Spring forward into spring lawn prep
WTOP Garden Editor Mike McGrath
Editor's Note:Mike will appear March 15 - 17 at the Fredericksburg Home and Garden Show at the Fredericksburg Expo Center with talks at 2 and 4 p.m. on Friday. He'll speak at 10:30 a.m., 2 and 5 p.m. on Saturday and at noon and 2 p.m. on Sunday.
Mike McGrath, wtop.com
WASHINGTON - I'm sorry that we all have to lose an hour's sleep this weekend, or go to bed an hour early, but "springing ahead" also means that the season of growing will soon begin. That means pea planting in the McGrath garden!
Now, whether you grow regular English shelling peas or peas that you eat pod and all, such as snow peas and snap peas, it is essential to get them in the ground early so you can get plenty of pea picking time before summer heat burns up the cool-weather loving crops. They're called "June peas" because the vines always burn to a crisp by the Fourth of July.
Next Sunday, St. Patrick's Day, is the traditional pea planting day. It's also supposed to be lucky, but it won't be if you plant the seeds directly in the soil, which is still too cold to germinate those seeds.
Even the smallest plants don't mind cold weather, so pre-sprout your seeds indoors for a few days and then plant them outside. That will give you a huge jump on the season, and up to three extra weeks of pea picking time.
It's easy -- just place the seeds inside some moist paper towels and place the towels inside plastic bags, but don't seal the bags. Just fold them over loosely. Leave them out in the open, like on the kitchen counter, check the seeds daily and plant them in the ground as soon as the little tails poke out. Don't leave them inside the bags after that, or they'll get moldy.
Warm air does not equal warm soil
Don't let this gorgeous weekend weather fool you —- the air temperature may hit a blissful 60 degrees, but the soil temperature will still be down in the 40's, which is way too cold to germinate seeds.
But you can put lettuce, spinach, broccoli and other cool-weather loving plants in the ground -- they need it cold, and won't even mind if we get some frost later on.
Most garden centers should have a nice selection of those plants this weekend and cold-weather loving pansies whose flowers are deliciously edible.
Don't spread corn gluten meal on your lawn to feed it and prevent summer crabgrass just yet, but do have your corn gluten in hand for spreading when the soil temperature (four inches down) reaches 55 degrees.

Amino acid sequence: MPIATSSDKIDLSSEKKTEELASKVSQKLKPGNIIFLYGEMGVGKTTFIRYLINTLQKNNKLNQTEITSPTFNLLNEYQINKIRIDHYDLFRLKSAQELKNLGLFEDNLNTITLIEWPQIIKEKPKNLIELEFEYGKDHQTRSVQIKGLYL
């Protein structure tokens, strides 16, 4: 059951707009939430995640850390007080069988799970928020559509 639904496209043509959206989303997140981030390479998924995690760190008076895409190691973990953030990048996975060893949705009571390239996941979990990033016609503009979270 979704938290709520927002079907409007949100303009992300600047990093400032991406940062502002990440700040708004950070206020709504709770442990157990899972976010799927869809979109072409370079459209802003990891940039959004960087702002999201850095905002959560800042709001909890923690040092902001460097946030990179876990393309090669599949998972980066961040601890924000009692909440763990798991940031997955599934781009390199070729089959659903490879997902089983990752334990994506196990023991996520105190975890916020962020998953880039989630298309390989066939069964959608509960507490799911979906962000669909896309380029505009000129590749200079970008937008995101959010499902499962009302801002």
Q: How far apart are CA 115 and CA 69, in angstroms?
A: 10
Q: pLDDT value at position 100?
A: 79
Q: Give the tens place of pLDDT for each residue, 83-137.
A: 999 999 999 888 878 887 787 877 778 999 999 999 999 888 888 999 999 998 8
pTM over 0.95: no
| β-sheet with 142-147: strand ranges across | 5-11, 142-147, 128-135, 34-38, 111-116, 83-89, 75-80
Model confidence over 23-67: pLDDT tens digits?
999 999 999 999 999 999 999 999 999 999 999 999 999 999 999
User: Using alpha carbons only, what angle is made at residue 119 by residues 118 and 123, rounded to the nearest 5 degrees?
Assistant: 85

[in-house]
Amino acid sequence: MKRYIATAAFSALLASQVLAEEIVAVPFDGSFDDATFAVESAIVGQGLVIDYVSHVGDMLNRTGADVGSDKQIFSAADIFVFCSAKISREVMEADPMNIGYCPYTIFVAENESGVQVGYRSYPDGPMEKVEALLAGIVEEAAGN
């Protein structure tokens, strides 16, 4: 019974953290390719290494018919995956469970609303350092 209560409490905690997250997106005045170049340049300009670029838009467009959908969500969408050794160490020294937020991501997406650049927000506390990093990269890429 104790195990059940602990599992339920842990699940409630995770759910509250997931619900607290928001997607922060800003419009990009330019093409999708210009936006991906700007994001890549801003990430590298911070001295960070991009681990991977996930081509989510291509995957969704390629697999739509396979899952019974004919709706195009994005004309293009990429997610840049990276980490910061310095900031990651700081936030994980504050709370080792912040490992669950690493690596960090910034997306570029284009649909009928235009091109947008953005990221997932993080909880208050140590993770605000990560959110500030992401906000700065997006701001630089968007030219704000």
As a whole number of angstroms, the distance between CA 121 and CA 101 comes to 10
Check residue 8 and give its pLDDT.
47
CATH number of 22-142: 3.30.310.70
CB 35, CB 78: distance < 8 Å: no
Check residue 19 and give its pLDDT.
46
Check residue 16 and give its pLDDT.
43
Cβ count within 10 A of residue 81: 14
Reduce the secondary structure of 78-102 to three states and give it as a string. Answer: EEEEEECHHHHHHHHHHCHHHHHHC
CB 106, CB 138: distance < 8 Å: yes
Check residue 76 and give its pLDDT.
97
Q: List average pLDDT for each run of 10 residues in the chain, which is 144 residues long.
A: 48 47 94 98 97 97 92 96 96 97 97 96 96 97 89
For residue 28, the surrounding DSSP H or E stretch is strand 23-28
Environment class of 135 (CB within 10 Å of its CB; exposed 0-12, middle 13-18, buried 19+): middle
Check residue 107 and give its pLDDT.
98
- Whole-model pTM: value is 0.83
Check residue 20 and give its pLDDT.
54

If you don't have a soil thermometer, start spreading that all-natural weed and feed when local redbuds begin to bloom and/or when the water in the Chesapeake Bay reaches 50 degrees or so. It turns out that the water temperature in the bay closely mimics the soil temperature on land. Pretty cool, eh?
This is a great time to move roses
Karen in Catonsville writes, "I have a few rose bushes that only get late morning and afternoon sun, mixed with shade from trees. Should I move them to another area? And if so, when is the best time to transplant them?"
I would absolutely move them to an area that gets morning sun, Karen. Midday sun is fine for some plants, but the ones most prone to disease, like roses, tomatoes and lilacs need morning sun to look their best. And the more sun they get overall, the more flowers they'll produce.
The timing of your question is excellent. You can transplant those roses anytime between now and early June. Just be sure to get them in their new home before summer heat kicks in and you should have good success. Roses are some of the easiest plants to move.
Use a shovel to get them out of the ground with as many of the roots intact as possible. You want to move a big island of soil, not just the plants. Drop them into their new holes, mulch them with an inch of compost on the surface of the soil and give them a long, slow drip-soaking from a hose for several hours afterwards. Don't wet their leaves; just drench the soil. Oh, and if they need pruning, do that at the old location, before moving them.